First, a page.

The words ‘budget’ and ‘student’ seem to go hand in hand for many of the UK’s university population, and whilst it is a good idea to rein in the spending sometimes, it is also important to not let your money rule your life. Saving money on the essentials is a great way to get all your necessary items on a budget and relax about buying the things that you really enjoy in life, like a new pair of jeans or gig tickets. Here, we take a look at ways to save on some of the university essentials that can quickly eat up your budget.
Computers and laptops
A laptop or computer and the software on them are essential for student life, unless using the university computers for every essay is more practical somehow. Although a new Apple Mac or iPad may sound like a luxury, Apple’s student discount means that it need not be so expensive. The Apple Store has an Education section with which university students can get 15 per cent off, and when considering how much Apple products can be in the first place, this means a substantial amount of money could be saved.
Used or refurbished laptops are a cheap alternative to buying a new one, and companies such as StudentComputers.co.uk have helped make refurbished, high quality laptops a realistic option for students.
Certain software is essential for university study, whether you are taking an art course or studying economics. Microsoft Office is the must-have software for students, as it is widely available and tends to be the default document creation programme used by public computers on campus. Office 365 is the most up-to-date version of Office and includes useful cloud storage that means documents can be accessed from anywhere. It can be quite pricey, however, and is limited to five devices over a 12-month period, rather than the lifetime usability on a set number of devices that Microsoft traditionally offers. Microsoft have created special software for students in the form of Office 365 University, which covers the user for a four-year subscription service, which will be ideal for the entire time spent at university for the majority of students.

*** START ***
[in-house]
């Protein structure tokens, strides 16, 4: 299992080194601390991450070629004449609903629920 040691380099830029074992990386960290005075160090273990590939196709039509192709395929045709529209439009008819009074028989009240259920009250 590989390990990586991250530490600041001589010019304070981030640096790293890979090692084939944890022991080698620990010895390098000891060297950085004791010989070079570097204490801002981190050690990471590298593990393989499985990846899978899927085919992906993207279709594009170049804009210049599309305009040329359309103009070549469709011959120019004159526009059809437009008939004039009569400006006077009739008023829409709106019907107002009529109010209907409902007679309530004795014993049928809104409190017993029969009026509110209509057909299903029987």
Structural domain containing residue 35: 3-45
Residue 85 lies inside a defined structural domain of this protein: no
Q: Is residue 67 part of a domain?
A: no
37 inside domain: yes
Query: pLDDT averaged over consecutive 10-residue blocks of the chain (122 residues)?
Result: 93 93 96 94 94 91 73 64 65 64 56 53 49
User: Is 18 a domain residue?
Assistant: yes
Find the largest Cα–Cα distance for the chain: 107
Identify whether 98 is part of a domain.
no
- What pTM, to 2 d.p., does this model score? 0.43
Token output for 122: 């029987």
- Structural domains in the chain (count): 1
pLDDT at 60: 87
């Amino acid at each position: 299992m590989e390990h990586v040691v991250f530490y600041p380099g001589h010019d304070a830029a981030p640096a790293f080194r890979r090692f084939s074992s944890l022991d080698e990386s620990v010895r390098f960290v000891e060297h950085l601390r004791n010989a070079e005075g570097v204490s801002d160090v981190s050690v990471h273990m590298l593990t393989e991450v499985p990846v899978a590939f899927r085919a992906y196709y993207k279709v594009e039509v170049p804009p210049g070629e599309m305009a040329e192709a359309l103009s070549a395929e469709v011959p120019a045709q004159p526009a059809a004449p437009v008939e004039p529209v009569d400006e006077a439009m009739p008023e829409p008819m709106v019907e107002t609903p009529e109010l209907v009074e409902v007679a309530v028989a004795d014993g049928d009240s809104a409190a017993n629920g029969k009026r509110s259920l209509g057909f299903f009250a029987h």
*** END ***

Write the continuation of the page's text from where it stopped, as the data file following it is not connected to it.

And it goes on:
Food is an essential for everyone, but as a student there are a number of ways to be extra thrifty with your food expenditure. The student card issued by your institution can get a hungry student a free beefburger, cheeseburger or McFlurry at McDonalds when you buy any meal. NUS Extra cardholders can also get free medium fries when ordering a Big Mac or McChicken Sandwich, but as the card costs £12 or more, it may be better to stick to the student card freebies.
There are a number of useful websites that offer discounts on some student favourites, such as Domino’s Pizza, Zizzi, Gourmet Burger Kitchen and Pizza Express. Try My Voucher Codes and Student Beans for up-to-date codes from a range of high street restaurants.
Thanks to the competitiveness of supermarkets, many of them will now do all the hard money-saving work for you. Sainsbury’s Brand Match can help students still enjoy the luxury of brands whilst knowing they will receive the difference if they could have got it cheaper elsewhere. Asda, meanwhile, promise to be 10 per cent cheaper or they will give you the difference, and Tesco Price Promise will give students a voucher if a comparable grocery shop would have been cheaper. There is a great deal to be had wherever you go!
It doesn’t take someone with an accounting degree to realise that free buses are a money-saver. Many universities have services that offer complimentary trips to key areas such as the Student’s Union and the library, particularly those that have a large campus. These can be especially useful when carrying a large amount of books or running late!
Some cities offer special student transport cards that can be used on bus services, such as the 18+ Student Oyster card available in London. Students can cut 30 per cent from their travel costs in London, which can add up to hundreds of pounds. For instance, students can save almost £700 when purchasing an annual Oyster card from Zones 1-6. This student card can be used on trams and on the London Underground as well.
Though not technically a student railcard, the savings that come with the 16-25 railcard make it a travel essential for many students. Those of typical student age can get a third off rail fares with the 16-25 railcard, which costs just £30 for one year or £70 for three years. The cost of the card can easily be made up in savings, especially for those who have to travel a long distance home and can sometimes save over £30 with just one journey. Bear in mind that some student bank accounts offer the 16-25 railcard for free when you sign up, but it is far more important to think about what the bank account itself offers, even if a free railcard does seem appealing.
Image credit: francisco_osorio (flickr.com)